Monday, November 1, 2010

A Day In the Life, part 2, or Let the Protocols Begin!

Sludgy, that's the medical diagnosis. No really. I've been told by my Dr. and RN that my body fluids are sludgy. That's part of being toxic. One of the chemicals I've been exposed to, since losing my immune system is 2,3 dichloropropene. It's a fumigant for potatoes, and a blood coagulant. At one time during my treatment my blood was literally dark brown and thick, like chocolate syrup. My lymphatic fluid is sludgy, too.  So a huge part of my detox protocols have to do with flushing and thinning my bodily fluids. That means a lot of liquids and a lot of eliminating.

I'm supposed to sauna 3 times a day. I can't sauna until I input both liquid and minerals/electrolytes. So that's goal #2. Get coffee! Coffee, the organic non GMO kind, is a wonderful source of anti-oxidants and a blood thinner. Much safer than warfarin and tastier too. (goal # 1 was get dressed. I never wander around in robe and p.j.s. I could get stuck downstairs like that, and never make it back up stairs to change...) Many times, by the time I'm finished getting dressed and doing my hair, I'm exhausted and ready for a nap. I just take step #1 for granted.

I operate on a point and shoot procedure. So, I point myself t'wards the coffee maker and project myself in that direction. The level of exposure and the occurrences of the night, determine the speed and trajectory with which I arrive. If it's been a bad night, even the fact that I need to grind more beans can be overwhelming. Many times my level of exposure results in the same kind of ataxia (loss of muscle control) that I wrote about last time. You focus; you push yourself; you struggle with even the simplest tasks like getting out the beans; opening the bag; pouring them into the grinder; putting on the cap... and on it goes. Some mornings I ought to get a medal, just for making a cup'. It is a relief, to sip that first strengthening mouthful. I need the caffeine. Not like an addict. On good days, I can do without. I need the sugar. I'm porphyric and hypoglycemic. I need the cream, I have acid reflux (a minor form of toxic injury. Generally an indicator that you, yourself are toxically injured - reader.)  So it begins.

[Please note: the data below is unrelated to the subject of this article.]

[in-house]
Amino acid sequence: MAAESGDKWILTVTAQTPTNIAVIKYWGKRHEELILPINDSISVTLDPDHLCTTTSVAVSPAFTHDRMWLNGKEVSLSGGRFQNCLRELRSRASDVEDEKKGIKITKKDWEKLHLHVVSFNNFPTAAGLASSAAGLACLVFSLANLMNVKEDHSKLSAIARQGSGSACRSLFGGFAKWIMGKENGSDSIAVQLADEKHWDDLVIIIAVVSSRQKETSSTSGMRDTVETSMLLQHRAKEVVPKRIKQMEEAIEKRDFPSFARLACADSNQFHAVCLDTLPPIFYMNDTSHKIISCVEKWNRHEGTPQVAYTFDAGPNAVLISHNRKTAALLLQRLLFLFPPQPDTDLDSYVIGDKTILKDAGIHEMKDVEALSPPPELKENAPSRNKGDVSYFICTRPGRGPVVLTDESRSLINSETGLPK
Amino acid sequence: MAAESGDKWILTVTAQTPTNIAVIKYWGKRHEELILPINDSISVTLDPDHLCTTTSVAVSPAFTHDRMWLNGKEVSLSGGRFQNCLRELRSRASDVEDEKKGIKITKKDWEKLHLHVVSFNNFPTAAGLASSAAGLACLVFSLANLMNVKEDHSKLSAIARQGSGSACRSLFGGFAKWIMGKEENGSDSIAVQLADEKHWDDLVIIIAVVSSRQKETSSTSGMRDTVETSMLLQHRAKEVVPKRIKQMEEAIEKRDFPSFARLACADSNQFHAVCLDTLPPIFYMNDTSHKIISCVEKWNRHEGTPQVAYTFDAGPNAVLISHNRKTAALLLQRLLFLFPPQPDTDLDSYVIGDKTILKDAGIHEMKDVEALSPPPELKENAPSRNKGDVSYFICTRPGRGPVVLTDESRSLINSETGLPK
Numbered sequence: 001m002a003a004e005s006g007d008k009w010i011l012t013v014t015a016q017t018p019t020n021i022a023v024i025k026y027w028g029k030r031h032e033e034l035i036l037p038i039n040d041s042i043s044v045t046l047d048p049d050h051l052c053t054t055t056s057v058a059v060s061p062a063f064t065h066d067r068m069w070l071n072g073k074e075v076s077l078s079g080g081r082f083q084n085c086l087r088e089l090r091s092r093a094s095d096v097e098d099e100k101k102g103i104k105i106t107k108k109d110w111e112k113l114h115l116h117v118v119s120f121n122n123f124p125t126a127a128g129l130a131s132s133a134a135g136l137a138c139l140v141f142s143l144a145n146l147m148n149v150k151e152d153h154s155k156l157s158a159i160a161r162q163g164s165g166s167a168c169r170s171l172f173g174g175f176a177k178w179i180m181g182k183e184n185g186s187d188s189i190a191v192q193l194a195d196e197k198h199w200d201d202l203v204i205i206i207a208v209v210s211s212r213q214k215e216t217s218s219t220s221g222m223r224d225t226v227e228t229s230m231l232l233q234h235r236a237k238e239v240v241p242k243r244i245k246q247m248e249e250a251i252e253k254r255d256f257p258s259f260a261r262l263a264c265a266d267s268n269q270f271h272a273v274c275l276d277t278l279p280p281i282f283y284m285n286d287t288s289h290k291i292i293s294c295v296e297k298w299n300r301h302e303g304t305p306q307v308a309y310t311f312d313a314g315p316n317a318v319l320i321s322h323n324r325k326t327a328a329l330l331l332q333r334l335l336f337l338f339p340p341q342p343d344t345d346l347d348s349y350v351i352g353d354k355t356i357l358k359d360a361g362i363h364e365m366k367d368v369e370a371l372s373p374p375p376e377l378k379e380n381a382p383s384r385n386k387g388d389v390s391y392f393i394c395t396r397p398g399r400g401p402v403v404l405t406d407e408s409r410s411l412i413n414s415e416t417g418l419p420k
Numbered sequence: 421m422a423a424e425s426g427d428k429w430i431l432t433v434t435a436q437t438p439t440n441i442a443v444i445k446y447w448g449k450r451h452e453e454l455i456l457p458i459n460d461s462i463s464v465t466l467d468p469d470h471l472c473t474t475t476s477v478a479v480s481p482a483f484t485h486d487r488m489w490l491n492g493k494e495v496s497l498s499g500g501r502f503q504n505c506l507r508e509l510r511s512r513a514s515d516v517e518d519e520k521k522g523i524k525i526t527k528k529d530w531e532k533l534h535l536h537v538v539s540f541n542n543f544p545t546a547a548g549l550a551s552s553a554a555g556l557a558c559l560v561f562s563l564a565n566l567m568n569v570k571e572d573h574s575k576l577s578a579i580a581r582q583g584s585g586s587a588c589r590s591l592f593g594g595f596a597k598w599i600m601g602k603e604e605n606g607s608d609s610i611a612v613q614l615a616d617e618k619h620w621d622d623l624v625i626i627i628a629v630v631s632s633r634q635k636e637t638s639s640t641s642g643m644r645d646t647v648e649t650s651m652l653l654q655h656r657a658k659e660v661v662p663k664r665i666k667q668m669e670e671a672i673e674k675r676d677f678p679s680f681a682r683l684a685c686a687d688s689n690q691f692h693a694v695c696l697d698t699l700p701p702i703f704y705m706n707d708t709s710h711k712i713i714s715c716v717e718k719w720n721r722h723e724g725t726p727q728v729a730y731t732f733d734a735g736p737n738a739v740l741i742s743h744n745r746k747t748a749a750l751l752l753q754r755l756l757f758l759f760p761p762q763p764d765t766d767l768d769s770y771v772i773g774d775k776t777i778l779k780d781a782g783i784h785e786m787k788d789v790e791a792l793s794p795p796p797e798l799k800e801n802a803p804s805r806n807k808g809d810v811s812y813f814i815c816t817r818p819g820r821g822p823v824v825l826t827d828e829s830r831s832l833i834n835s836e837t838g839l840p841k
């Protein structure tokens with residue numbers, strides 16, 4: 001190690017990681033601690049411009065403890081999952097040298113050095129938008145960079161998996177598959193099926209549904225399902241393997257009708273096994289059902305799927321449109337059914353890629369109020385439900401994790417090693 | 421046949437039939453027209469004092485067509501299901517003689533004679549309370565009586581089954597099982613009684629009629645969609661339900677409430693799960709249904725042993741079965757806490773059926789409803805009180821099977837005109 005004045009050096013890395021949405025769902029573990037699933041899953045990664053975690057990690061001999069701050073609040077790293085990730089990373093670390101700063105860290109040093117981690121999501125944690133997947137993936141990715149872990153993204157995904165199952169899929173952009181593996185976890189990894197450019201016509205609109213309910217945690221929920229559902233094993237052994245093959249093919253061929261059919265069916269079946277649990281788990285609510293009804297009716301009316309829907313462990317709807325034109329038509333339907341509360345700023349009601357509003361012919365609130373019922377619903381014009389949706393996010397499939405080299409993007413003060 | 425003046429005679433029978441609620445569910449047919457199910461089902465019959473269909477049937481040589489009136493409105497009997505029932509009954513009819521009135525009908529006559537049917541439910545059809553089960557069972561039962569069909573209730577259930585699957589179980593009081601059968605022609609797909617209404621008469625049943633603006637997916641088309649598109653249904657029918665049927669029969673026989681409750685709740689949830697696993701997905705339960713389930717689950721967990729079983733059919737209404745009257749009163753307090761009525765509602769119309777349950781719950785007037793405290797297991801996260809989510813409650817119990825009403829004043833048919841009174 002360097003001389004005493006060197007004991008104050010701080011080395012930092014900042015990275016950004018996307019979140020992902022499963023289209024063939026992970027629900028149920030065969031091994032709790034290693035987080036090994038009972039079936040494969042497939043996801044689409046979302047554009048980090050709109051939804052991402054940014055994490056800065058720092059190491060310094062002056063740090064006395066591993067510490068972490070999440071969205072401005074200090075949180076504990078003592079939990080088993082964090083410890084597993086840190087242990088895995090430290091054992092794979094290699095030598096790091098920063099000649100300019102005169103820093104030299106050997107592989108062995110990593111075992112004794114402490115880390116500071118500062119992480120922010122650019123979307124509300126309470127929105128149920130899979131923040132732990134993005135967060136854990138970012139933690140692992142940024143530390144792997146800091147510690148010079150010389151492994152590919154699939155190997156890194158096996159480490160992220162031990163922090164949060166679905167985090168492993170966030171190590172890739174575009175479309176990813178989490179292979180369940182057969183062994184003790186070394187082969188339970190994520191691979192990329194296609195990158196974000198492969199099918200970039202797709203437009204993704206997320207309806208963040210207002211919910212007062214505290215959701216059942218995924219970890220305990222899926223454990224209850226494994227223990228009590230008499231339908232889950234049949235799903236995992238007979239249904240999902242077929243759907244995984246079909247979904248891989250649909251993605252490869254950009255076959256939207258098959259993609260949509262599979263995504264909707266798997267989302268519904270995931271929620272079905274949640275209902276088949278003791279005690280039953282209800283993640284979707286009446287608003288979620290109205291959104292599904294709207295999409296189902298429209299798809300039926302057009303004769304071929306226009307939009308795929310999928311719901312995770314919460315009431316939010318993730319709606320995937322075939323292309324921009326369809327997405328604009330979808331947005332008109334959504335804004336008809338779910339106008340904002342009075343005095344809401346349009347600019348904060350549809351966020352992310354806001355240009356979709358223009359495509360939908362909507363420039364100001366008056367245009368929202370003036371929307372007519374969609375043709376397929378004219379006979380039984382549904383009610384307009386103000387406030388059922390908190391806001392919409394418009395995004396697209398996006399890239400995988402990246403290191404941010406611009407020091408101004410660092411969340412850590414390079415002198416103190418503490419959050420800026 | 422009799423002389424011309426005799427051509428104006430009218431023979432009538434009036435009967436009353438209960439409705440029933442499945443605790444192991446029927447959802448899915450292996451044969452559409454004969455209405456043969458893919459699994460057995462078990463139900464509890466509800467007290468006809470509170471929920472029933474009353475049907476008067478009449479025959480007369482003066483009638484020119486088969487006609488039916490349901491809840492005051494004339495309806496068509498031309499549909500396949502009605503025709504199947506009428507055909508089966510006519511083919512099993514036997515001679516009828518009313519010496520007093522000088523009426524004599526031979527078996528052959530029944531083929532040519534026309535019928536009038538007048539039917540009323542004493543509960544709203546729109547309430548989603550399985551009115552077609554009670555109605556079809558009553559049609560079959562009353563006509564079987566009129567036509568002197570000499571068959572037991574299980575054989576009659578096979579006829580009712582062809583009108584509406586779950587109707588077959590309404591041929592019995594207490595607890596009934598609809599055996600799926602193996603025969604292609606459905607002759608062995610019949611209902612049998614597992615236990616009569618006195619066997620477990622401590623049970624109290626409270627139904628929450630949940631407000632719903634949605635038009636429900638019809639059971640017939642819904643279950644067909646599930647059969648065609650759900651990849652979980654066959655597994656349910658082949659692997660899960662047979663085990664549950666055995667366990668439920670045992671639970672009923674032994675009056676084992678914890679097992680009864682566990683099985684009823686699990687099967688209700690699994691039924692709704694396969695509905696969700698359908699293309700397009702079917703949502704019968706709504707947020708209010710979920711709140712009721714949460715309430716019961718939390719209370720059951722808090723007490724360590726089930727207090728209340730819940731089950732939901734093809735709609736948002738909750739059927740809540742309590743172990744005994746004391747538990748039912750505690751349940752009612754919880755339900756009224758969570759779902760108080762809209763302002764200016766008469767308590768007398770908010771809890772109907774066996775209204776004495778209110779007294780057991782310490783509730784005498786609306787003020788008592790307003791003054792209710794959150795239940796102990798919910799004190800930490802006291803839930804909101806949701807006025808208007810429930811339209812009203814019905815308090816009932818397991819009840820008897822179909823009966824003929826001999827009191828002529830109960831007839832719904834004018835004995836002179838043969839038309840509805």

Taking my cup I approach the "medicine chest.' It's a lovely tooled leather box my sister-in-law Cheryl got for me. In it are all the nutraceuticals that my Doctor prescribed. It's packed full. There are more in the cupboard, but I rotate them in and out. Each day I determine how many of the core supplements and which and how many of the supportive supplements I need to take. The optimal goal is to get enough repair, that I don't have to take any, anymore. I'm a long way from that. I measure them out and fill my bowl.  Ryan and I got these cute blue and white rice bowls from 1st Alternative, in Corvallis. They have whales on them. The pretty bowl and the association behind it is a "brightening mechanism." Something I focus on to distract myself and increase endorphin production.  My stomach is nauseous at just the thought of the number of caps I now have to take.  I also must drink the electrolytes. That's another glass of liquid with powdered cal/mag/potasium. And it tastes bad. I could put it in juice, but organic juice is hard to come by here. I drink it in water.